Cost-to-Hire: Don’t Spend $100s to Earn Pennies
January 1, 2019
How often do you make bad hires? If you're like 95 percent of other organizations (of any size), you make bad hires every year. But do you know how much these hires are costing your organization? According to the Brandon Hall Group, the majority of organizations have a very limited grasp on true cost-to-hire metrics — especially for poor hires.
Traditional cost-to-hire calculations miss out on other costs associated with a new team member — it's almost like purchasing a used car and ignoring the future cost of gas, repairs and maintenance. With more than nine out of 10 companies admitting they make bad hires every year, it's naÃ¯ve, to say the least, that management accepts "cost-to-hire" as an effective measurement of HR expenses.
The Ripple Effect of a Bad Hire
Truth be told, the cost of a bad hire induces widespread collateral damage — like spending $100 bills to earn pennies. When you consider that a toxic employee has a negative impact on both coworkers and customers, the costs skyrocket. According to a recent Cornerstone report, bad hires make their teammates 54 percent more likely to quit and can cost organizations up to three times more in hiring fees. Instead of leading, managing and delivering excellent customer service, bad hires force managers into damage control.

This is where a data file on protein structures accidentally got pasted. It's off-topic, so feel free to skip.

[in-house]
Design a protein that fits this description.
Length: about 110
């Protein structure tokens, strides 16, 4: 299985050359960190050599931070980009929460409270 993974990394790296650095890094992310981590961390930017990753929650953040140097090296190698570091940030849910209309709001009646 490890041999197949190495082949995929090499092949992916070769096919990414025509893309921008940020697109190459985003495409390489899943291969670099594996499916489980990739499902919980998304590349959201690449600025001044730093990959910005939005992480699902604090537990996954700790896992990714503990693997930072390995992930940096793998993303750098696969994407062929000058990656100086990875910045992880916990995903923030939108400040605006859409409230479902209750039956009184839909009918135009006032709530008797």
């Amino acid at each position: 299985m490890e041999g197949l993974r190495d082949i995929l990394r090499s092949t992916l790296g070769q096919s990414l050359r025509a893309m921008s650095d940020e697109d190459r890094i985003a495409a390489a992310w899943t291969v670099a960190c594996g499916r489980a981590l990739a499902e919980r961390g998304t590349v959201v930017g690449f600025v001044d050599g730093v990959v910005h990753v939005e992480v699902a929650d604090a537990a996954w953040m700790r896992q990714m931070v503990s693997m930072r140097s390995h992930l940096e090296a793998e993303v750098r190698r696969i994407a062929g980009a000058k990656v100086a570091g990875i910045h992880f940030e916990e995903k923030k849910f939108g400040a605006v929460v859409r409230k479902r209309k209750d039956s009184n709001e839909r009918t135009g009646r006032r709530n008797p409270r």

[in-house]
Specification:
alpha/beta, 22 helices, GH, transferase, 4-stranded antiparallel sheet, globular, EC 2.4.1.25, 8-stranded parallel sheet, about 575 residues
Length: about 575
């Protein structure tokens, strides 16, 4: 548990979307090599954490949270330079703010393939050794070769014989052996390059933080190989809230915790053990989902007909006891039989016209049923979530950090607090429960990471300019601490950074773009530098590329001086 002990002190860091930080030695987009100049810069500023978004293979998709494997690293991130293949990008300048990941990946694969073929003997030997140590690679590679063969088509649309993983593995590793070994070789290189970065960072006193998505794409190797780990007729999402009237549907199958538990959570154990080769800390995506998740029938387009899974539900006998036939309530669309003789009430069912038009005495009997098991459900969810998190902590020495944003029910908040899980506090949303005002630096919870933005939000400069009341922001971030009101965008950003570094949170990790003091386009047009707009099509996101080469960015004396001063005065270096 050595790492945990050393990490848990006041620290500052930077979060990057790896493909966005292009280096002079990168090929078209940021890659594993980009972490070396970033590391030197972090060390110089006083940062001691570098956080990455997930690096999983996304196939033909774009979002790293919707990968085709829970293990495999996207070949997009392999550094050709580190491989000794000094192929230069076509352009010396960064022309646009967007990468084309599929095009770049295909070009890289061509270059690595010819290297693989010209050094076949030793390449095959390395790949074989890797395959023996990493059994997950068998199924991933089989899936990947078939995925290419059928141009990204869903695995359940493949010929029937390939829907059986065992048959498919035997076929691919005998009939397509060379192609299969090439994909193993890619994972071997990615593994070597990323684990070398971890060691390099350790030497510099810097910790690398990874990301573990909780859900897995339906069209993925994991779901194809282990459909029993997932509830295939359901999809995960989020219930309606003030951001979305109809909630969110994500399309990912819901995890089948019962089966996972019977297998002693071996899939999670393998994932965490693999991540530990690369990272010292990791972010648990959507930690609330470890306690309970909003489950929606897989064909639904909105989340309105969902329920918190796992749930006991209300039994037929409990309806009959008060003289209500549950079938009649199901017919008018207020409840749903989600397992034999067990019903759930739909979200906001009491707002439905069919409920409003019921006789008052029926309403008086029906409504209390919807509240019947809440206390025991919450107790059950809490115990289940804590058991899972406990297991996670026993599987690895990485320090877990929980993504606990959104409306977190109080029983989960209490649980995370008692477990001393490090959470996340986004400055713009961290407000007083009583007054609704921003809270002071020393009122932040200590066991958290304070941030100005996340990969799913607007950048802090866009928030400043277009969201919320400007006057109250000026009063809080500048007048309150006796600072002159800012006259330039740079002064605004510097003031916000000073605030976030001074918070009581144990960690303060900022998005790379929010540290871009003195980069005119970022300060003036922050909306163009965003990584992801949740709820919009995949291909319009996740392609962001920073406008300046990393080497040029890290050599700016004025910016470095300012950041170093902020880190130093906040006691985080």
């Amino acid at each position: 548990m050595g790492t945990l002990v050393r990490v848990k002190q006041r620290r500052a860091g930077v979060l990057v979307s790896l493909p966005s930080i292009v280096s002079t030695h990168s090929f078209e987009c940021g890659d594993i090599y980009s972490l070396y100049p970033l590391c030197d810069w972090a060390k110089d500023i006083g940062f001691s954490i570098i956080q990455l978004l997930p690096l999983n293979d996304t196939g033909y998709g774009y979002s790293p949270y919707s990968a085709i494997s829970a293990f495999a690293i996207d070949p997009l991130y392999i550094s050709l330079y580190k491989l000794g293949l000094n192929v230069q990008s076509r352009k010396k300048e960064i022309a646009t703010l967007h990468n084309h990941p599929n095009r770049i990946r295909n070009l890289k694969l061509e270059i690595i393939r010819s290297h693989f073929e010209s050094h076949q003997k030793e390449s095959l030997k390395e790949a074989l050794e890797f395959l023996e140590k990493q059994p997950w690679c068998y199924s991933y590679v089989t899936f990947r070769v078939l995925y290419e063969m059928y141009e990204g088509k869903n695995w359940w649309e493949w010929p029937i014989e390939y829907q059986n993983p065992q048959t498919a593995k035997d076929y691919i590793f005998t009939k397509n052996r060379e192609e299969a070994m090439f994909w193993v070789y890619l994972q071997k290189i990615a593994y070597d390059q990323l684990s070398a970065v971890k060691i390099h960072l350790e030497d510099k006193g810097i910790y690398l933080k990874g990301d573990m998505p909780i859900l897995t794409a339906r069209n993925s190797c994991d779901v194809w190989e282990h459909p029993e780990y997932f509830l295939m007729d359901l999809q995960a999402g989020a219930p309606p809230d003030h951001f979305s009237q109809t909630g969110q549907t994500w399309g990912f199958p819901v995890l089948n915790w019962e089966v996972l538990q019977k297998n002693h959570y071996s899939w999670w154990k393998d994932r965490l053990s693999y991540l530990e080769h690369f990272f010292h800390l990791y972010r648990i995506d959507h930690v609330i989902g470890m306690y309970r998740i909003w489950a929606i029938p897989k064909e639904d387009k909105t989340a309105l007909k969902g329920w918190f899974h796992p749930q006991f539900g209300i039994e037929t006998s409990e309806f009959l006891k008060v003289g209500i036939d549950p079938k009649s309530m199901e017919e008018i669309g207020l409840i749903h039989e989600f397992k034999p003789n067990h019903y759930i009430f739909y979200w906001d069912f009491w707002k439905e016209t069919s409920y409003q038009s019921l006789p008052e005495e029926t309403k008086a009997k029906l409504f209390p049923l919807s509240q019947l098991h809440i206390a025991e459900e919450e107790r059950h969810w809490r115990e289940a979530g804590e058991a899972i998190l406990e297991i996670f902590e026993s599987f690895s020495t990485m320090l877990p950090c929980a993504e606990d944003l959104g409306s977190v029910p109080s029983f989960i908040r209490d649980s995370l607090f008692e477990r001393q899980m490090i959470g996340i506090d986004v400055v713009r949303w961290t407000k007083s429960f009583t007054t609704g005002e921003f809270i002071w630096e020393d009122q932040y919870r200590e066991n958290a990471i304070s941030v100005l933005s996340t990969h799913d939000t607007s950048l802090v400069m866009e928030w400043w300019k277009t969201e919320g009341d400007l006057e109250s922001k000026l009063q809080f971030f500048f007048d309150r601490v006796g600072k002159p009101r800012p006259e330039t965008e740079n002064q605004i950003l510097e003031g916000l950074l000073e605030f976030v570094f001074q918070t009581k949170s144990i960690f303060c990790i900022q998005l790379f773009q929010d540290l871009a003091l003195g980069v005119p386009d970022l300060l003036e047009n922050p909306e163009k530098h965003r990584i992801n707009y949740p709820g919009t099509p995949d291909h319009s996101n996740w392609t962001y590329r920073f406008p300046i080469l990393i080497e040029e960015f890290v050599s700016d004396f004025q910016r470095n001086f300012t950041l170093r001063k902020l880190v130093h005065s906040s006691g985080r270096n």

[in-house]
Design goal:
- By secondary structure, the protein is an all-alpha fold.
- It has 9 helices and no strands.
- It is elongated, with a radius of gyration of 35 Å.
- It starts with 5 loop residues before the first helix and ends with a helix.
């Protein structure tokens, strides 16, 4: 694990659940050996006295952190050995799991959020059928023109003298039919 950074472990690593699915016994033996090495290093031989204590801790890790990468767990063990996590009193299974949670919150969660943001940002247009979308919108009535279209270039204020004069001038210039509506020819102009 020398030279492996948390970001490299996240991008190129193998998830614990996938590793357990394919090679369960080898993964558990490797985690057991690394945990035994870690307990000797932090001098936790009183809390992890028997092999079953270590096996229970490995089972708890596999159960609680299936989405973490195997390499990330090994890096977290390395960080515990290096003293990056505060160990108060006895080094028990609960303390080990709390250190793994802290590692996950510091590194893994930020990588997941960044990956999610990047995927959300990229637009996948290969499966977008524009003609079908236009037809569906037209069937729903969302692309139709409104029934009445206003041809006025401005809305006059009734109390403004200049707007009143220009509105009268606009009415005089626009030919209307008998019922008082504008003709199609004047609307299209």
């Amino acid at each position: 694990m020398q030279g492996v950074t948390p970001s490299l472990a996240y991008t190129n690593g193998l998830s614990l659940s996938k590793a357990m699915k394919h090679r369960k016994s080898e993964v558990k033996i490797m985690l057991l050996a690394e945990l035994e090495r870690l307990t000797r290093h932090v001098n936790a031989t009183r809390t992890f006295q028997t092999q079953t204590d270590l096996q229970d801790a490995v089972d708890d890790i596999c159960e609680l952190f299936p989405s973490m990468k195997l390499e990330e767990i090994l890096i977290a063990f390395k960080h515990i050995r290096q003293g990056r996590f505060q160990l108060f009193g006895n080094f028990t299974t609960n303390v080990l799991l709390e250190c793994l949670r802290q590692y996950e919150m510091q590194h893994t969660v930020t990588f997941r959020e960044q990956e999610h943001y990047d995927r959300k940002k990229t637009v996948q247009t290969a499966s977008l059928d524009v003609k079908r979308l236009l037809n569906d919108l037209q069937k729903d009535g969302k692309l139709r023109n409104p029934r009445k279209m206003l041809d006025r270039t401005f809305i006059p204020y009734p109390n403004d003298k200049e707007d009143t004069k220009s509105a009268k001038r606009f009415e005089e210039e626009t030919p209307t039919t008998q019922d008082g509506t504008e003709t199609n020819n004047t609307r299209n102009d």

The cost-to-hire is just one ingredient in a more complex formula that should be used when evaluating a poor hire. Additional variables include unemployment compensation, missed business opportunities, loss of team productivity, poor customer service, outplacement, weakened employer brand, litigation fees... just to name a few.
So, what can a company do to reduce the risk of a bad hire and mitigate financial and other collateral damage?
1) Assess, Assess, Assess
2) Establish a Standard Interview
Solution: Standardize your screening process; align interview questions with business objectives; and provide a checklist of questions no matter how experienced the interviewer. Interviewers — recruiters and hiring managers alike— must be trained to assess cultural fit, as well as technical or functional skills. They should be prepared to look for red flags, warning signs and other concerns. Most bad hires don't fail for a lack of skills, but due to bad attitude or poor cultural fit.
3) Invest in a Strong Candidate Experience
Organizations that invest in the candidate experience state their quality of hires improved over 70 percent. A poor candidate experience will spread like wildfire and that's not the type of publicity that helps you win the war for talent.
Solution: Build an online talent community for your company, and don't use the excuse that you're too small or too specialized to need a talent pipeline. Social media tools, like Facebook and Twitter, are a great option. Nearly 2 out 3 jobseekers say their employers do not use social media to promote job openings, while 79 percent of jobseekers use social media in their job search. Building an online community — especially on platforms job seekers are already actively using — is the best way to engage more talent.
While these three steps do require additional time and resources from your HR and management team, investing in the recruiting and hiring process upfront will help you avoid paying for the consequences of bad hires down the line.